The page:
"But every issue, even the smallest, has to be a war"
Photodude thinks we're heading into a dark tunnel until the elections. I agree.
“I truly believe there are lots of honorable people wanting to serve their country, and feel they can best do so by working for the party and/or candidates they believe can best take care of this country. They might only work for them part-time during the local campaign, or they might actually go to DC with the winning candidate and work for them full-time.
I believe there are others that are interested solely in the best short term outcome for their party, often to the exclusion of the country’s long term interests. Many of them work in Congress or elsewhere in DC. I suppose some “graduate” from the first group into this second one.
And I believe there are still others who see a large wave on which they might surf. They don’t even have to necessarily agree with the wave (though they might). Riding it is what’s fun.
Then we apply the 80/20 rule. People in the above groupings have already demonstrated its application, in that 80% (more or less) of people are “passives,” and though they might intellectually agree, they are not the type to actively participate in the above manners.
But I think you can apply that 80/20 rule once again (or 90/10 if you prefer, I won’t quibble). Of those who are supporting a party candidate actively (like, in a blog?) 20% will do so in a knee jerk destructive manner. There is a “hard core” to both parties, who will put their blinders on and offer knee jerk support for even the most incomprehensible political acts. We should remember even Nixon never really fell much below 25% in the approval ratings. Pick the least liked member of either party, and there’s still that 20% who “have their back,” no matter what.
I'll use his article as a jumping off point for referencing my favorite political/conspiracy novel, Interface. Lots of good satire on campaign marketing. Earlier, I excerpted Cy Ogle explaining the Age of scrutiny: We do not have the strength to change the minds of the illiterate multitude. But we do have the wit to exploit their foolishness, to familiarize ourselves with their stunted thought patterns, and to use that knowledge to manipulate them toward the goals that we all know are, quote, right and true, unquote. Here, he's discussing riding the media wave:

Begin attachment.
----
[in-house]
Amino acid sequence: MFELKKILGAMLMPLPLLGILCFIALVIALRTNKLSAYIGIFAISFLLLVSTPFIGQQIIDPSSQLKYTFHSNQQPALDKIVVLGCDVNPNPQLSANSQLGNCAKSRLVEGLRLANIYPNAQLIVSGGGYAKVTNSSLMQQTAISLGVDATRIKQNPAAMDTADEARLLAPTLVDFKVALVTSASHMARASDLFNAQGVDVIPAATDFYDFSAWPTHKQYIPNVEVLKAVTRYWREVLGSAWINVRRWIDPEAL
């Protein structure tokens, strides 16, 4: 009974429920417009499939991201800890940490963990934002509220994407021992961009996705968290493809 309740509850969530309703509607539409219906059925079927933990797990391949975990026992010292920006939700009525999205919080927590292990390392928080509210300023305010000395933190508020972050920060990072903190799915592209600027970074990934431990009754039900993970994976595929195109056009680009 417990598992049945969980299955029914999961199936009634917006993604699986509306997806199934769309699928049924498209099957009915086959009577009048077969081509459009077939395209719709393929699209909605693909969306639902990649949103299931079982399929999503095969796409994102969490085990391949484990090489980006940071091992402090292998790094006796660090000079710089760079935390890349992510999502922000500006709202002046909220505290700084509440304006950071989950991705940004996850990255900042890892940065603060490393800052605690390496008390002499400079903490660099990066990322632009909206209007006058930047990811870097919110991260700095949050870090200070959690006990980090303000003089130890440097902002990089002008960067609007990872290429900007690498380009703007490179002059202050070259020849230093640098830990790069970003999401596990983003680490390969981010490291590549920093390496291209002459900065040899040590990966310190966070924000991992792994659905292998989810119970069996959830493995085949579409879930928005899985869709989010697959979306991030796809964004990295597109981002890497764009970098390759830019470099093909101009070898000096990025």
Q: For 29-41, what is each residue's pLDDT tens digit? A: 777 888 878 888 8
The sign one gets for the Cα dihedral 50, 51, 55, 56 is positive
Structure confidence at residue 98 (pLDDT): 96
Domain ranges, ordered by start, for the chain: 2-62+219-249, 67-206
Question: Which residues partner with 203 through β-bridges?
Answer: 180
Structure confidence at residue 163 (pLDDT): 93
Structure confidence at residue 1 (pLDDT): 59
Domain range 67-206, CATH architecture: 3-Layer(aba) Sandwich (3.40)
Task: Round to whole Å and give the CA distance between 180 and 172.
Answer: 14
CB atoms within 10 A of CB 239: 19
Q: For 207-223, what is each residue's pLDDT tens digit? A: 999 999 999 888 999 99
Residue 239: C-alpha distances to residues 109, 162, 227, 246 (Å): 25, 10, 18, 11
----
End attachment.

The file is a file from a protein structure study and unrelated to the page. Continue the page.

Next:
“"Let me just state one ground rule first," he said. "This conversation is not a business thing."
"Nope. But it's not a social thing either, because we are total strangers."
"So what is it, Mr. Ogle?"
"Two people talking to each other."
"And what are we exactly are we talking about?"
"Media is like a wave," Ogle said. "It's powerful and uncontrollable. If you're good, you can surf on it for a little bit, get a boost from it. Gary Hart surfed on that wave for a few weeks in 1984, after he won New Hampshire from Mondale. But by the time the Illinois primary came around, he had fallen off the surfboard. The wave broke over him and swamped him. He tried again in 1988 but that time he just plain drowned. Perot rode the wave for a month or in '92, then he lost his nerve."
Ogle turned in his chair and focused in on Mary Catherine now. "You and your family, you've been having a day at the beach. You've been out wading in the shallow waters where everything is warm and safe. But the currents are tricky and suddenly you find that you have been swept far out into the deep black water by a mysterious undertow. And now, great waves are cresting over your heads. You can get up and ride those waves wherever they take you, or you can pretend it's not happening. You can keep treading water, in which case the tsunami will break on top of you and slam you down onto the bottom."
Mary Catherine just kept her mouth shut and stared into her water glass. She was feeling several powerful emotions at once and she knew that if she opened her mouth she'd probably regret it.
There was fear. Fear because she knew that Ogle was exactly right. Resentment because this total stranger was presuming to give her advice. And there was a frightening sense of exhilaration, wild thrilling danger, almost sexual in its power.
Fear, resentment, and exhilaration. She knew that her brother, James was experiencing the same feelings. And she knew that he was ignoring the fear, swallowing the resentment, and giving in to the exhilaration.
She looked at Ogle. Ogle was looking back at her, a little bit sideways, not wanting to confront her directly.
"There's a third outcome you didn't mention," she said.
"What's that?" Ogle said, startled.
"You start riding the wave because you enjoy the thrill of it. But you don't know what you're doing. And you end up getting slammed into the rocks."
Ogle nodded. "Yes, the world is full of bad surfers."
"My brother, James, is a bad surfer. He's a really bad surfer," Mary Catherine said, "but he thinks he's good. And he seems to have located a really big wave."
"Now, I have no idea, still, what it is that you want, or what you are proposing, or what you think you're going to get out of it," Mary Catherine said. "But I can tell you this. James is a problem. And without committing myself or my family to anything financial, let me say that if you can provide some advice in dealing with this problem, it would not be forgotten."